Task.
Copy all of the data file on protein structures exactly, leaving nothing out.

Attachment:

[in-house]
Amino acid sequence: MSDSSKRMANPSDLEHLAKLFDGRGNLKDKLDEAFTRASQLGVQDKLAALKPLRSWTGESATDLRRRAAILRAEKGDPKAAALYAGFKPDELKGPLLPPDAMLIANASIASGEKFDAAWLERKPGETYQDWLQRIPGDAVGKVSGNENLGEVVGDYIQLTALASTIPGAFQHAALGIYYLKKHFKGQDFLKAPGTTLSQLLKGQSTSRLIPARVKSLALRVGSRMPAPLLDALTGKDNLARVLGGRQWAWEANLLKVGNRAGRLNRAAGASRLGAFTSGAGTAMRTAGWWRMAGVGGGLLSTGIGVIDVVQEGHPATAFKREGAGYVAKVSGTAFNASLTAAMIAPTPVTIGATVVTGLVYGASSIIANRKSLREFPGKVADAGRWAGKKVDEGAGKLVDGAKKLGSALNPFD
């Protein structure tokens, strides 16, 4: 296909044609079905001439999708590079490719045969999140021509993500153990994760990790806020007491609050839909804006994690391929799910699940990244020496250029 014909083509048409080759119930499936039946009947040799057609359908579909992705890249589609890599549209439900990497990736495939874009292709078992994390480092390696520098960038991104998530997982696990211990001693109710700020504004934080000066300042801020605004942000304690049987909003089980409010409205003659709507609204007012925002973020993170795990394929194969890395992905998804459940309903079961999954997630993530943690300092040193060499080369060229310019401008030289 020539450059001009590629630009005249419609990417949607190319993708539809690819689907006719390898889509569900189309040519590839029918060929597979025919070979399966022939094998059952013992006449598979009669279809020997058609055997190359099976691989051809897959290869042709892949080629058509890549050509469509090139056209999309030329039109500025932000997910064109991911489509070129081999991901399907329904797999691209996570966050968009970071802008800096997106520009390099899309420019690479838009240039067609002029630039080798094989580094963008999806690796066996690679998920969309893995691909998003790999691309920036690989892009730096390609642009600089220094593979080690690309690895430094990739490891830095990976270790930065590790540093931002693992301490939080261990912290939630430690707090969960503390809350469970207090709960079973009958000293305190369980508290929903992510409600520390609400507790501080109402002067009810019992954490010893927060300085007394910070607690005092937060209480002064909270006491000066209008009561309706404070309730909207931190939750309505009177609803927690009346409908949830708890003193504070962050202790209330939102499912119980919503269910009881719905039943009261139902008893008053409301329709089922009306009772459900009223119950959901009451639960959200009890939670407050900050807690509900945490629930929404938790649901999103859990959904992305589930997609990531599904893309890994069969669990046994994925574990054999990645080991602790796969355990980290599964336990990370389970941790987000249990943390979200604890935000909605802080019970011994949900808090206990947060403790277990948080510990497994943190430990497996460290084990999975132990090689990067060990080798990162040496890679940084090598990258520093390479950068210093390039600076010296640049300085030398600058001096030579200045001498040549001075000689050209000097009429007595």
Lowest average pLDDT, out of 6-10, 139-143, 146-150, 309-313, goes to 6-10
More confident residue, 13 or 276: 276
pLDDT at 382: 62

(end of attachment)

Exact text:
[in-house]
Amino acid sequence: MSDSSKRMANPSDLEHLAKLFDGRGNLKDKLDEAFTRASQLGVQDKLAALKPLRSWTGESATDLRRRAAILRAEKGDPKAAALYAGFKPDELKGPLLPPDAMLIANASIASGEKFDAAWLERKPGETYQDWLQRIPGDAVGKVSGNENLGEVVGDYIQLTALASTIPGAFQHAALGIYYLKKHFKGQDFLKAPGTTLSQLLKGQSTSRLIPARVKSLALRVGSRMPAPLLDALTGKDNLARVLGGRQWAWEANLLKVGNRAGRLNRAAGASRLGAFTSGAGTAMRTAGWWRMAGVGGGLLSTGIGVIDVVQEGHPATAFKREGAGYVAKVSGTAFNASLTAAMIAPTPVTIGATVVTGLVYGASSIIANRKSLREFPGKVADAGRWAGKKVDEGAGKLVDGAKKLGSALNPFD
């Protein structure tokens, strides 16, 4: 296909044609079905001439999708590079490719045969999140021509993500153990994760990790806020007491609050839909804006994690391929799910699940990244020496250029 014909083509048409080759119930499936039946009947040799057609359908579909992705890249589609890599549209439900990497990736495939874009292709078992994390480092390696520098960038991104998530997982696990211990001693109710700020504004934080000066300042801020605004942000304690049987909003089980409010409205003659709507609204007012925002973020993170795990394929194969890395992905998804459940309903079961999954997630993530943690300092040193060499080369060229310019401008030289 020539450059001009590629630009005249419609990417949607190319993708539809690819689907006719390898889509569900189309040519590839029918060929597979025919070979399966022939094998059952013992006449598979009669279809020997058609055997190359099976691989051809897959290869042709892949080629058509890549050509469509090139056209999309030329039109500025932000997910064109991911489509070129081999991901399907329904797999691209996570966050968009970071802008800096997106520009390099899309420019690479838009240039067609002029630039080798094989580094963008999806690796066996690679998920969309893995691909998003790999691309920036690989892009730096390609642009600089220094593979080690690309690895430094990739490891830095990976270790930065590790540093931002693992301490939080261990912290939630430690707090969960503390809350469970207090709960079973009958000293305190369980508290929903992510409600520390609400507790501080109402002067009810019992954490010893927060300085007394910070607690005092937060209480002064909270006491000066209008009561309706404070309730909207931190939750309505009177609803927690009346409908949830708890003193504070962050202790209330939102499912119980919503269910009881719905039943009261139902008893008053409301329709089922009306009772459900009223119950959901009451639960959200009890939670407050900050807690509900945490629930929404938790649901999103859990959904992305589930997609990531599904893309890994069969669990046994994925574990054999990645080991602790796969355990980290599964336990990370389970941790987000249990943390979200604890935000909605802080019970011994949900808090206990947060403790277990948080510990497994943190430990497996460290084990999975132990090689990067060990080798990162040496890679940084090598990258520093390479950068210093390039600076010296640049300085030398600058001096030579200045001498040549001075000689050209000097009429007595």
Lowest average pLDDT, out of 6-10, 139-143, 146-150, 309-313, goes to 6-10
More confident residue, 13 or 276: 276
pLDDT at 382: 62